You may recall that my nearly five-year-old loopythread wherein I claimed that the Walt Disney Company had just reached a deal to purchase 21st Century Fox ended up presaging actual events. This deal combined two of Hollywood's six major studios and, adding the more adult fare of 20th Century Fox and Fox Searchlight Pictures, seems to shore up Disney's few obvious weaknesses on the theatrical side. And of course, they gained FX and its critically-acclaimed, daring forte.
It also consolidates ownership of vast amounts of film and TV content, reaching back to the earliest days of both mediums, in the hands of a company with a notoriously officious attitude towards its content.
A combination of two studios with the size and stature of Disney and Fox is unprecedented. It may be a referendum on the declining health of the motion picture business. It has definitely been characterized as a defensive move against the likes of Netflix, locking up the copyrights and distribution rights to vast amounts of content to bolster Disney's own streaming offerings.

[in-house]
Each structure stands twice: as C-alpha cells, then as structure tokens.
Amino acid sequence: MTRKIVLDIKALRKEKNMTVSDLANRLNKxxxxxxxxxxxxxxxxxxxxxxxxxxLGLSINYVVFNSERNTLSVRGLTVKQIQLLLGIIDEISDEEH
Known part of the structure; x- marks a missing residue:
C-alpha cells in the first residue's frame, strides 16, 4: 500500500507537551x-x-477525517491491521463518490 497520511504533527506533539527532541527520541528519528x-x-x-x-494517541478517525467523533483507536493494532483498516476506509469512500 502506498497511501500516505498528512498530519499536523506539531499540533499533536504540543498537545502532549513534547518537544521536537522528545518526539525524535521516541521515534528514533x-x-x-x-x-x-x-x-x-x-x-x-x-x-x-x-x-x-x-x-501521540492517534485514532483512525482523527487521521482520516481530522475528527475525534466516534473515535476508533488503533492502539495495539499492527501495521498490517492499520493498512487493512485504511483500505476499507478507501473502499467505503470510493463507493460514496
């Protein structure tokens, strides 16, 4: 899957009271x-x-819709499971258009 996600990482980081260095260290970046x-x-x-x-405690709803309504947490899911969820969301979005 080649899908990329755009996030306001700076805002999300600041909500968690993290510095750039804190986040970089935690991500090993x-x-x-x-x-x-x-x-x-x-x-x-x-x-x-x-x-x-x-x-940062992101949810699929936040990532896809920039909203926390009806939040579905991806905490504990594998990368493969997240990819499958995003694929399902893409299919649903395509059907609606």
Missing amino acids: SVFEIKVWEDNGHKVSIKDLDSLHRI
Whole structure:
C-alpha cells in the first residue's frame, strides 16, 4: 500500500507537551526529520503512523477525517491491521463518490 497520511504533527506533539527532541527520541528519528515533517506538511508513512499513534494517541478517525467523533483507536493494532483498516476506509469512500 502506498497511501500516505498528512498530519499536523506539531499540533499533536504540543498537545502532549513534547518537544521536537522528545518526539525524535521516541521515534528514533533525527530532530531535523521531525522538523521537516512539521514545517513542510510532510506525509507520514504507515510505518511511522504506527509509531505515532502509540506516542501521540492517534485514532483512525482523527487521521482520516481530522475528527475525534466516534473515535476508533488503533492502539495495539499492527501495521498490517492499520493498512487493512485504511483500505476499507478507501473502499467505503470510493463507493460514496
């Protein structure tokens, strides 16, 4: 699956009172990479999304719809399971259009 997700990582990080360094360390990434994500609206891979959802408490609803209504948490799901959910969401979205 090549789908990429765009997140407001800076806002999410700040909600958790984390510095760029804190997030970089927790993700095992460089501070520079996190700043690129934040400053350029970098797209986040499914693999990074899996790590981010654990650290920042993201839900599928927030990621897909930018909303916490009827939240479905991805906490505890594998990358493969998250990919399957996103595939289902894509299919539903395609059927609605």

This is not the only major media transaction of recent times. Last year, Discovery closed on its purchase of Scripps Networks Interactive, the owner of the Food Network and HGTV, giving them control of one-fifth of all ad-supported television in the US. And of course, AT&T bought Time Warner and renamed it WarnerMedia, gaining ownership of a gigantic library of movies, TV shows, and the most historic collection of animation not belonging to Disney. It brings all this, and cable channels like TBS, TNT, CNN, Cartoon Network, and HBO, under common ownership with DirecTV.
What I'm saying is that I'm not sure what the fuck is gonna happen. Bundled pay television, which has been buttering Hollywood's bread for the last two decades or more, is collapsing, as people cut the cord, and skinny bundles have made little progress in picking up the slack. DVD and Blu-ray appear to be fading. And if you don't have name-brand IP, you may well be sunk at the box office.
I'm a bit of a believer that smaller, nimbler players can find ways to thrive in this new world, whatever it brings. But few of such have really emerged. People see "giants" like Viacom, CBS and even Comcast (whose NBCUniversal, I'd argue, is the only huge, Hollywood-centric media company other than Disney with strong management) as vulnerable. What do I know?